James Tisch Investment Philosophy And Some Thoughts On Loews

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James Tisch Investment Philosophy and Some Thoughts on Loews by John Huber, Base Hit Investing

Buy when everyone else is selling and hold until everyone else is buying.” – J. Paul Getty

I recently came across a transcript of a talk that James Tisch gave to a group of students at Columbia. Tisch runs Loews (the conglomerate, not the home improvement store). Loews (L) has struggled in the past few years, but the long term investment record is outstanding. The stock price has compounded at 17% over the past 50 years.

I’ve never invested in Loews—the operating results of the equity investments they control and the returns on capital of the businesses they own have never been attractive to me, but I have high respect for the Tisch family and I read their annual reports each year. They have proven to be disciplined, prudent investors over the years, and have done a superb job compounding shareholder capital over the long term. They are also a company that Charlie Munger would refer to as a cannibal—constantly “eating” away at their own share count by steadily buying back stock. Over the years, Loews has reduced their share count from around 1.3 billion (adjusted for splits) in 1971 to around 370 million today.

Maybe at some point we’ll take a look at the operating businesses under the Loews “hood”, but it’s interesting to note that while Loews has been a compounder through successful investments and steady share buybacks over the years, the businesses and equity investments themselves often have been more opportunistic in nature—in other words, Loews is led by contrarian bargain hunters.

My own style of investing consists of an interplay between high quality businesses that are compounding intrinsic value and the plain bargains that are blatantly mispriced relative to normal earning power.

Stocks in the former category are my favorite types of investments. They are the longer term investments in companies that do the work for you. They generally are businesses that are able to produce consistently high returns on shareholder capital and often have reinvestment opportunities within the business—a dynamic that leads to growing earning power and a compounding effect over time. When these companies become available at cheap prices, it’s time to load up.

However, the latter category also provides really interesting investment opportunities. These are the bargains—the special situations that involve some sort of a corporate event, a misunderstood business division, or maybe a misunderstood event that is driving a gap between price and value. Sometimes these situations arise out of neglect, other times they arise out of disgust. Cyclical companies might fall into this category as well—stocks that fall in and out of favor depending on the economy or industry specific trends.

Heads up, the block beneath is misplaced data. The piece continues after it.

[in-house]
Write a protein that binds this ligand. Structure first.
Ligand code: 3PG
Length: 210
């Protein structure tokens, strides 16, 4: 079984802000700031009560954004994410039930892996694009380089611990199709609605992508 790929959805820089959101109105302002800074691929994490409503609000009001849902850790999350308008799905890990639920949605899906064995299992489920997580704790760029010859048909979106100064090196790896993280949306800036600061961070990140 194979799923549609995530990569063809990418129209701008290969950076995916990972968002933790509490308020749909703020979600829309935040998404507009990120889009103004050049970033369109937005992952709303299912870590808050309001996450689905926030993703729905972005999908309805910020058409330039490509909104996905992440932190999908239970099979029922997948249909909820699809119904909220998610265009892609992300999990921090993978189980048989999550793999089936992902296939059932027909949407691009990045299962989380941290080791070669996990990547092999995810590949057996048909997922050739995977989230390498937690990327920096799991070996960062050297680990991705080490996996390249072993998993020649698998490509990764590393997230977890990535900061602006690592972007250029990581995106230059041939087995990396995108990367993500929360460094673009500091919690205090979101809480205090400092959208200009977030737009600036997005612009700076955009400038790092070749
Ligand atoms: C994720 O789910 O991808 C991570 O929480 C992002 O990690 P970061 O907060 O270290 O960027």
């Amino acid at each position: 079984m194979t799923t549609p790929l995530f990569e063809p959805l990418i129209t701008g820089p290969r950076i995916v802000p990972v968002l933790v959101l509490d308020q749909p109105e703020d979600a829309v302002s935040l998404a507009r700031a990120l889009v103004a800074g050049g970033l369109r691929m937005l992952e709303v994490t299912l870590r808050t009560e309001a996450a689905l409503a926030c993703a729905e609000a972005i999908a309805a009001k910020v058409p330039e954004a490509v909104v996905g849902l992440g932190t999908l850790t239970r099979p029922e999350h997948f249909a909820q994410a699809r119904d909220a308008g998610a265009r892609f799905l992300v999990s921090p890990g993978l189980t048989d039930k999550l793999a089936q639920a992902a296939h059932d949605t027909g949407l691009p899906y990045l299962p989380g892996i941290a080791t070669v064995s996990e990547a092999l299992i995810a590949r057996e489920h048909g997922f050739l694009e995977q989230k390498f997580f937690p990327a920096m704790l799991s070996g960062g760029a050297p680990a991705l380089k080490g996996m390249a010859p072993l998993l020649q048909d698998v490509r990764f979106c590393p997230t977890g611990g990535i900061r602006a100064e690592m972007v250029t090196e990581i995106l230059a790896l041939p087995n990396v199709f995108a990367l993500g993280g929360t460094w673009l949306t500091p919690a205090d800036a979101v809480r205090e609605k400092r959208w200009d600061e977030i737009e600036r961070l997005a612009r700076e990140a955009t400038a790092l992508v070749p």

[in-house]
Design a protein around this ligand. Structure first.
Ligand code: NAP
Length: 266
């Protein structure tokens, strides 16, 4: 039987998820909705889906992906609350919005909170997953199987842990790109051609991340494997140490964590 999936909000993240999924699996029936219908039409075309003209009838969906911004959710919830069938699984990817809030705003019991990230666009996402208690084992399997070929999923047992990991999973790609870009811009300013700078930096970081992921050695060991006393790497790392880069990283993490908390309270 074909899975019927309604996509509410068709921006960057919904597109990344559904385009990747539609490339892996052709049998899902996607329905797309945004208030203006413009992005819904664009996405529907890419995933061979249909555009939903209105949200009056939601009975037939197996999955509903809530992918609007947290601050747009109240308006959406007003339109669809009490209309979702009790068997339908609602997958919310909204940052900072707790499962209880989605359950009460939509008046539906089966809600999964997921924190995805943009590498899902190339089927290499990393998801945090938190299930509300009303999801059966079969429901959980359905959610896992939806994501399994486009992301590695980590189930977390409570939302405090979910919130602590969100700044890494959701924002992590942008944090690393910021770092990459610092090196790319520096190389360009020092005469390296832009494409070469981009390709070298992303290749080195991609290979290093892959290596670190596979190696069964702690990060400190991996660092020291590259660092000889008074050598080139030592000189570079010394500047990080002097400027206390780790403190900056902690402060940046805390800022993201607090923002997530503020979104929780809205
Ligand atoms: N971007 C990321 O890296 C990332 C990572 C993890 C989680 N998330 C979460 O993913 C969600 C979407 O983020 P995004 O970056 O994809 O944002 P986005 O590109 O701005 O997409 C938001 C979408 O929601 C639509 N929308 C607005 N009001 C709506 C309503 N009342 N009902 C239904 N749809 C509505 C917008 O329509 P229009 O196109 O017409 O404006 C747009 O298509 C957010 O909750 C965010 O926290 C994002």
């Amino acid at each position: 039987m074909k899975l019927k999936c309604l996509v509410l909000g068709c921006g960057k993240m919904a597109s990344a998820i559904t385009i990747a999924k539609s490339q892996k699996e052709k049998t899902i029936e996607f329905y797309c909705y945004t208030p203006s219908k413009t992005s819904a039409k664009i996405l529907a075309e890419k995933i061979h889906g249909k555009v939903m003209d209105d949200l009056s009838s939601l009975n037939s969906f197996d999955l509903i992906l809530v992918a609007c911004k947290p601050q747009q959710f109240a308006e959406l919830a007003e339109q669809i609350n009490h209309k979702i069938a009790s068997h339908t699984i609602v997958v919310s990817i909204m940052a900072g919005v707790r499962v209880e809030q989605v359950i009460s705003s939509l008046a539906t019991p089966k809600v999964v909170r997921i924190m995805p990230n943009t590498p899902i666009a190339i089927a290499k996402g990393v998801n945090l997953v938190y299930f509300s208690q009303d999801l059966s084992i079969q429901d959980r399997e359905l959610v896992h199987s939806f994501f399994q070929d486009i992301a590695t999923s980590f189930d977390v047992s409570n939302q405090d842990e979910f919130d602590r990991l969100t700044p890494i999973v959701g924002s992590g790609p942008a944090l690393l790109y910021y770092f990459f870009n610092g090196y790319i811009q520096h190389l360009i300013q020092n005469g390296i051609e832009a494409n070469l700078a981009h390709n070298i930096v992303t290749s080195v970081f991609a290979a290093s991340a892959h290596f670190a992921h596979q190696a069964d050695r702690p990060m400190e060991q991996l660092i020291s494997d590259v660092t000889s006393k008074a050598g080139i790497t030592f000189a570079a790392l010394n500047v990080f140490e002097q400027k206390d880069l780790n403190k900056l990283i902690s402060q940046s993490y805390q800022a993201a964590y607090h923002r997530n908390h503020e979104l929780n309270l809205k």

Loews often gets lumped in with the Berkshires, the Markels, the Leucadias, the Fairfaxes of the world simply because it’s another conglomerate led by value oriented management. But unlike some of these other investment vehicles whose management have tended to focus more on using the business model of insurance and float to acquire growing businesses at fair prices, I would describe the Tisch family as investors who have done more work in the second category—the category of bargains and special situations—specifically the cyclical businesses. Insurance, shipping, drillers, pipelines, hotels, and a variety of other cyclical industries have been represented in Loews’ portfolio of businesses and equity investments over the years.

Buying Bargains

In this talk to the Columbia students, James Tisch talks about a few of his common sense simplistic approaches to investing. Basically, as Paul J Getty said, Tisch spent a lot of his time buying when everyone else was selling. He talks about the supertanker supply glut of the 1970’s when these ships were trading for less than scrap values:

“Let’s go back to 1975, when there was a building boom in supertankers, brought about by relatively low oil prices that had caused large increases in oil demand. A few years later, in the late ‘70s, there was an oil embargo and resulting oil price hike, which drastically reduced the amount of oil coming out of the Persian Gulf – much less oil, but still lots of tankers, now just bobbing in the water.

It was soon afterward, in the early ‘80s, that we started thinking about buying tankers. We had seen from reading newspapers that the worldwide supply of tankers was vastly overbuilt; according to quoted estimates, the market required only 30% of the ships that were afloat. As a result, ships were trading at scrap value. That’s right. Perfectly good seven-year-old ships were selling like hamburger meat – dollars per pound of steel on the ship. Or, to put it another way, one was able to buy fabricated steel for the price of scrap steel. We had confidence that with continued scrapping of ships and increased oil demand, one day the remaining ships would be worth far more than their value as scrap.